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Heeling in bare-rooted trees

Heeling in bare-rooted trees

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If you have a bunch of bare-rooted trees and can’t plant them quickly, you can do what’s called ‘heeling in’: Penny Woodward explains the process here. Plus, basic tips from Karen Sutherland.

Heeling in

It’s always best to plant your bare-rooted trees as soon as they arrive and after they’ve soaked for a an hour or so in dilute seaweed mix. But if you can’t plant straight away, you can ‘heel-in’ your trees for a few days until you’re ready to plant. Heeling in involves covering the roots with some potting mix or moist coir, or soil in the ground if your soil is well-prepared.

In a large hole, container (like a polystyrene box) or pot, put some potting mix, soil or coir in the base. Lay one of your bare-rooted plants against this base. It can be leaning over to one side if that suits the container. Add some potting mix/soil/coir over the roots of this plant, then add another plant, and so on, so the roots of each plant are covered, including the last one.  The larger your trees and their root mass, the bigger the container will need to be. There should be no air pockets which would allow roots to dry out. Water in well. The soil should be moist not wet, and check no roots are left uncovered. These plants can stay like this for a week or so if necessary, but check everyday to ensure they stay moist.

Extra watering and mulching tips

A week after planting water again and if it doesn’t rain, do this weekly for about two moths until the tree is well established.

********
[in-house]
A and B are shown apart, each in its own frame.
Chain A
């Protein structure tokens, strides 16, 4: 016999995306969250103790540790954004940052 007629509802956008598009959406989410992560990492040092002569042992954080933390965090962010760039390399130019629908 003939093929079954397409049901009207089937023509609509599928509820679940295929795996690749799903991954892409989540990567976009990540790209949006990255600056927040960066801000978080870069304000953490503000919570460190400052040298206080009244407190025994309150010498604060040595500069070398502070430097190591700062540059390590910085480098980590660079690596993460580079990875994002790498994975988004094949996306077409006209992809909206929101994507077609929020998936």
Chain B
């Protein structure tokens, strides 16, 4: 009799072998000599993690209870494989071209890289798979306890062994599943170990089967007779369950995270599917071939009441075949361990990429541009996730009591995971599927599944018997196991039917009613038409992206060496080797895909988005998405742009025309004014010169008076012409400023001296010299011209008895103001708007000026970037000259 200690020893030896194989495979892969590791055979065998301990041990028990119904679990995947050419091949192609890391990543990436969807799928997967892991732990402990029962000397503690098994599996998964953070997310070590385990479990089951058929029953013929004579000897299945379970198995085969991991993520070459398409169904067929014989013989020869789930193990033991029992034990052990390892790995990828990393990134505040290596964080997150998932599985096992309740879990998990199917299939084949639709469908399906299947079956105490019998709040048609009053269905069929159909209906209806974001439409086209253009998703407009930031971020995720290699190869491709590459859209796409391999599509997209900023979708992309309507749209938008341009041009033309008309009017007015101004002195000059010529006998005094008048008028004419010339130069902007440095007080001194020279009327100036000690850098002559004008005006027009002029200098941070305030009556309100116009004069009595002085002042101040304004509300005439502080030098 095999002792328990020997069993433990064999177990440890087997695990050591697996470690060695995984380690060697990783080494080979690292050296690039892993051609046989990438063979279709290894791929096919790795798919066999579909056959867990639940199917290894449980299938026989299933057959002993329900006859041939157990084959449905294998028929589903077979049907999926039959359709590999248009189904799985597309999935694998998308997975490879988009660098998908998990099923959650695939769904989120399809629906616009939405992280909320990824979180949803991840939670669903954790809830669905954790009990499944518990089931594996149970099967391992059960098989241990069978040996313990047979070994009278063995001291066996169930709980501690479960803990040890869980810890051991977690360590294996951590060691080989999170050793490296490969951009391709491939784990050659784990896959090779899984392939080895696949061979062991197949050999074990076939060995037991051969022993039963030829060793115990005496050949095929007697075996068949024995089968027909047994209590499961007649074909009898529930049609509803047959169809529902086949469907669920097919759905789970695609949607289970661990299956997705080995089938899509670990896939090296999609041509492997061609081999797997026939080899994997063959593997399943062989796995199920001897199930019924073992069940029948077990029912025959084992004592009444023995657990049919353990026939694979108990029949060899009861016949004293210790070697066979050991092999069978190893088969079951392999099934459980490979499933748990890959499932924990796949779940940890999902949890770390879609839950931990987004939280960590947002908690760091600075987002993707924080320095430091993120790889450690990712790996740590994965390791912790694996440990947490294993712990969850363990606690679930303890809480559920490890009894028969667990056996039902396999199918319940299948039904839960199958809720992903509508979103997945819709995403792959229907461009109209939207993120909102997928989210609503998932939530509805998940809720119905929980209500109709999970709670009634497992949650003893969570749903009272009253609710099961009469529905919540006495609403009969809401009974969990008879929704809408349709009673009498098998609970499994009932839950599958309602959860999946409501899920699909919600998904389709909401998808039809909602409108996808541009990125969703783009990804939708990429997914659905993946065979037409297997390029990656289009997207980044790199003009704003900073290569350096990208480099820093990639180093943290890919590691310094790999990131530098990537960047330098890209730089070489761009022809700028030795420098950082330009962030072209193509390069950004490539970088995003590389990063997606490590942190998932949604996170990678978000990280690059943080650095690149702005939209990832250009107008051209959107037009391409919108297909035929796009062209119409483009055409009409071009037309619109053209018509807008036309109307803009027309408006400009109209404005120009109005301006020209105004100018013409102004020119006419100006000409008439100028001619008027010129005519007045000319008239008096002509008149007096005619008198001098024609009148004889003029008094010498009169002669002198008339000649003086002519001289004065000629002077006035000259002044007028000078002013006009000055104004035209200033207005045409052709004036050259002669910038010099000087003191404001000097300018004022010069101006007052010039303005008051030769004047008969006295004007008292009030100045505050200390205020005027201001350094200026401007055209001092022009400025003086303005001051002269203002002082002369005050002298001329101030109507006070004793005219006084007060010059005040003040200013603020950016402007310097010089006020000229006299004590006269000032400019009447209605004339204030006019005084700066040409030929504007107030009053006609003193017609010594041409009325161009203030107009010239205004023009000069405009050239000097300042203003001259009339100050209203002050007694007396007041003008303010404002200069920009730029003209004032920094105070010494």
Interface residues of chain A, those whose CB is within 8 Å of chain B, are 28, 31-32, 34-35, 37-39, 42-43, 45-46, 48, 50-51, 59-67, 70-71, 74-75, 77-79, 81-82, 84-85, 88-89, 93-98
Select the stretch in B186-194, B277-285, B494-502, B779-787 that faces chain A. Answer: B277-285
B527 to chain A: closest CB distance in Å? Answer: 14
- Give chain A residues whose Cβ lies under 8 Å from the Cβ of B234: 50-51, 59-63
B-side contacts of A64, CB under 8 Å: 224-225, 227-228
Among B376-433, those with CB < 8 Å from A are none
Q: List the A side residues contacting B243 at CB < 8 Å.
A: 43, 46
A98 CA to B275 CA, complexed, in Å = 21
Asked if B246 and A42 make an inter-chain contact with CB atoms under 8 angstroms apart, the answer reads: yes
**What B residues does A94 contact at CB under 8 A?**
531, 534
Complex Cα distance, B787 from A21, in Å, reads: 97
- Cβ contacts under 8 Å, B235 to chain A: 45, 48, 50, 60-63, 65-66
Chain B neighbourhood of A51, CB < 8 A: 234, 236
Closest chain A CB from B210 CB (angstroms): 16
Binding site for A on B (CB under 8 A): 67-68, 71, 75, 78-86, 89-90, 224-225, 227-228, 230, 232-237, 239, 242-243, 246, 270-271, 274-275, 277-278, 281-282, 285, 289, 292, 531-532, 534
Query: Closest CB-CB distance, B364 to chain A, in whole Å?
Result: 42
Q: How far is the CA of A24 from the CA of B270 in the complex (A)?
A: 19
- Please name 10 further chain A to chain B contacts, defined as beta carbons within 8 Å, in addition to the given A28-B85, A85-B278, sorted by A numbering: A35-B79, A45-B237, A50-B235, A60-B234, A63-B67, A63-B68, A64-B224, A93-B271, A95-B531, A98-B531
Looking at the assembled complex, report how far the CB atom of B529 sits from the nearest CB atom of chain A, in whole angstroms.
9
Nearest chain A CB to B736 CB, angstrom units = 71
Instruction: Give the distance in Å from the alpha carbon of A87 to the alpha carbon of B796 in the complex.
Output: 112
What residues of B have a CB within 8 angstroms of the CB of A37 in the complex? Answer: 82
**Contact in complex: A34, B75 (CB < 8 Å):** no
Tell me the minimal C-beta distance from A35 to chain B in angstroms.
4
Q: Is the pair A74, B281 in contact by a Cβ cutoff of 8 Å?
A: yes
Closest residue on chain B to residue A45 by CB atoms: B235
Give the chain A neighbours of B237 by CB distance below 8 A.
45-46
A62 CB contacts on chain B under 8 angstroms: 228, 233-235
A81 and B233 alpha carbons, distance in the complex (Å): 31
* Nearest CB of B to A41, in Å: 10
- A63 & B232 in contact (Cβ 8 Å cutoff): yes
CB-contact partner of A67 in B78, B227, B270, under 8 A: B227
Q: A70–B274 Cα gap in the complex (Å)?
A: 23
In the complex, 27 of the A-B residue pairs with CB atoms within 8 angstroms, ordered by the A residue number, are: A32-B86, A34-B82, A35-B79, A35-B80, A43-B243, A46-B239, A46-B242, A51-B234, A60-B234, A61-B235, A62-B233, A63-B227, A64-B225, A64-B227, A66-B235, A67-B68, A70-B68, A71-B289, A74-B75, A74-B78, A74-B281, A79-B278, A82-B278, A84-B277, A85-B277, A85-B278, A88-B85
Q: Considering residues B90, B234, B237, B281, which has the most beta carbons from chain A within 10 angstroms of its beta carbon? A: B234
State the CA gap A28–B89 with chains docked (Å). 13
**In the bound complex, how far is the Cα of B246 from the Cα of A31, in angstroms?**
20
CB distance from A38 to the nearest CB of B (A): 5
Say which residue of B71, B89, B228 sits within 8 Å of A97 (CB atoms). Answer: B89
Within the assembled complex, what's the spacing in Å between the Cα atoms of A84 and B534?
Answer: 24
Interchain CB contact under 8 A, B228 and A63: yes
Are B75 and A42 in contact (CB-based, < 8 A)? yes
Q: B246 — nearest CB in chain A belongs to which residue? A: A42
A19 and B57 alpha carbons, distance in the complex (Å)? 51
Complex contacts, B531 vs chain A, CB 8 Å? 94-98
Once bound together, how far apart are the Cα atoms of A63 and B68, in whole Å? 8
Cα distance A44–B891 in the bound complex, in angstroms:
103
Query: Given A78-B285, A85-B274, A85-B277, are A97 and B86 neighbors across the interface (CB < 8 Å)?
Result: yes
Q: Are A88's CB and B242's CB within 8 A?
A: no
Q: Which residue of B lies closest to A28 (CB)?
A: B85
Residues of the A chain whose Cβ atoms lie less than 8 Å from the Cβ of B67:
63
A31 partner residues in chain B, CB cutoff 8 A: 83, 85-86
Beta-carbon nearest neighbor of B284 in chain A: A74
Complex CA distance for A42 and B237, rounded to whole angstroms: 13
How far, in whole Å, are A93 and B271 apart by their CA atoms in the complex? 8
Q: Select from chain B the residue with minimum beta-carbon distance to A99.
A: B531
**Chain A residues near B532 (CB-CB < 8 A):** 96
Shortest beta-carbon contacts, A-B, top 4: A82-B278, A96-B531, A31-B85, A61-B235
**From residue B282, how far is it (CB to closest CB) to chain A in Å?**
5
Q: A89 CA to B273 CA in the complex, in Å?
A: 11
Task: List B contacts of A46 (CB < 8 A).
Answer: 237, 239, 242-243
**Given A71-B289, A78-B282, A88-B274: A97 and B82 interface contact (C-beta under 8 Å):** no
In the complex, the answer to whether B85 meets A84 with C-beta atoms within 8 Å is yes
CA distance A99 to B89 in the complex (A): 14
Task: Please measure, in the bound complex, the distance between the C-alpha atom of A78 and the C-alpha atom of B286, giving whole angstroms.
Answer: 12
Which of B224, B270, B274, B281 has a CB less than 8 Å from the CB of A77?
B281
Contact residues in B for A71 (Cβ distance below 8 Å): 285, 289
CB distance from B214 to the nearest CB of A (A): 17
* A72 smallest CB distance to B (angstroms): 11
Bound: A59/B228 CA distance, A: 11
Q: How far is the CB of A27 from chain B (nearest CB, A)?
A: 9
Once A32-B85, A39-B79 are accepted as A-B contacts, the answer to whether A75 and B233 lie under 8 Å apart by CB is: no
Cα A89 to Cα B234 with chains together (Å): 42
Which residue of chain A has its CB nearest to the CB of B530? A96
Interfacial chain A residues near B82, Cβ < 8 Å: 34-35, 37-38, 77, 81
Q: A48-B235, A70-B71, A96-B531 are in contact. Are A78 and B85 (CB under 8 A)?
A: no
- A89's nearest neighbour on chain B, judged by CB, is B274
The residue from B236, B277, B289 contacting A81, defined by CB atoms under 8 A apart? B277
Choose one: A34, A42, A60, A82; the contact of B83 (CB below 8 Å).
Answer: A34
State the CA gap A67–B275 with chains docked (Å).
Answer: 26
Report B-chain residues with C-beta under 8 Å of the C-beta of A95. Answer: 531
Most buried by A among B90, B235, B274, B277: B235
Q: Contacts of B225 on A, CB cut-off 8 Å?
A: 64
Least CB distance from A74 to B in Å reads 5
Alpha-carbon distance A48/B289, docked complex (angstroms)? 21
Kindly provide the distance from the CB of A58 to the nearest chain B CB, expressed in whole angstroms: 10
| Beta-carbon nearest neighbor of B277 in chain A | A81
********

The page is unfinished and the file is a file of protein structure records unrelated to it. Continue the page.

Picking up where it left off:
The different mulches you can use include lucerne, pea straw, sugarcane and wood chip mulches. When using mulched on trees, you always need to be careful to stop the mulch from getting too close to the trunk to stop the tree from getting the fungal disease collar rot. A simple way of dong this is to cut the bottom out of a plastic pot and then cut down on side. Put this around the bottom of the trunk to stop the mulch from getting too close.

Young trees benefit from having mulches that breakdown relatively quickly, adding to the organic matter in the soil. So it’s a good idea to initially use lucerne hay or pea straw, both of which will also add nitrogen. As the tree grows and in the following years you can use wood chip mulches that break down more slowly and last much longer. All mulches help to maintain moisture in the soil which lessens the need for watering. Don’t water if the ground is already wet. Check before you water but remember that watering is particularly important when the fruit starts to grow, the more consistent the water supply, the juicier the fruit.

Planting – the basic steps

From Karen Sutherland’s feature ‘The Bare Essentials’ in OG 133.

1. Prepare the soil as you would if planting potted plants, by digging a hole twice as wide as the root area.

2. Mix the soil you have dug out with some compost and well-rotted (or organic shop-bought) manure.

3. Make a mound of soil in the bottom of the hole to drape the roots over so they can spread and establish quickly.

4. While doing this, look for the soil mark on the trunk (which usually shows the soil level when the tree was in the ground) and ensure it aligns with the new soil surface. Also check the graft point and make sure this is above the soil level.

5. Hold the tree upright in the hole (sometimes easier done by a second person) at the correct level, then gently backfill the hole with the soil and compost mix. Make sure it is loose and friable – avoid any large clods of earth.

6. When the hole is half-filled, gently water in with 5–10 litres of water (half to full bucket) to settle the soil around the roots and remove air pockets. Once this drains away, continue back-filling until the soil is up to the previous soil mark on the tree, then firm the soil around the roots by gently treading with your foot.

7. Finish by watering in.

You will find more tips from Karen Sutherland that will help ensure you enjoy success with your bare-rooting trees in our Early Winter 2022 issue (OG 133) available at newsagents and supermarkets as well as online.

133 cover by Leanne Burley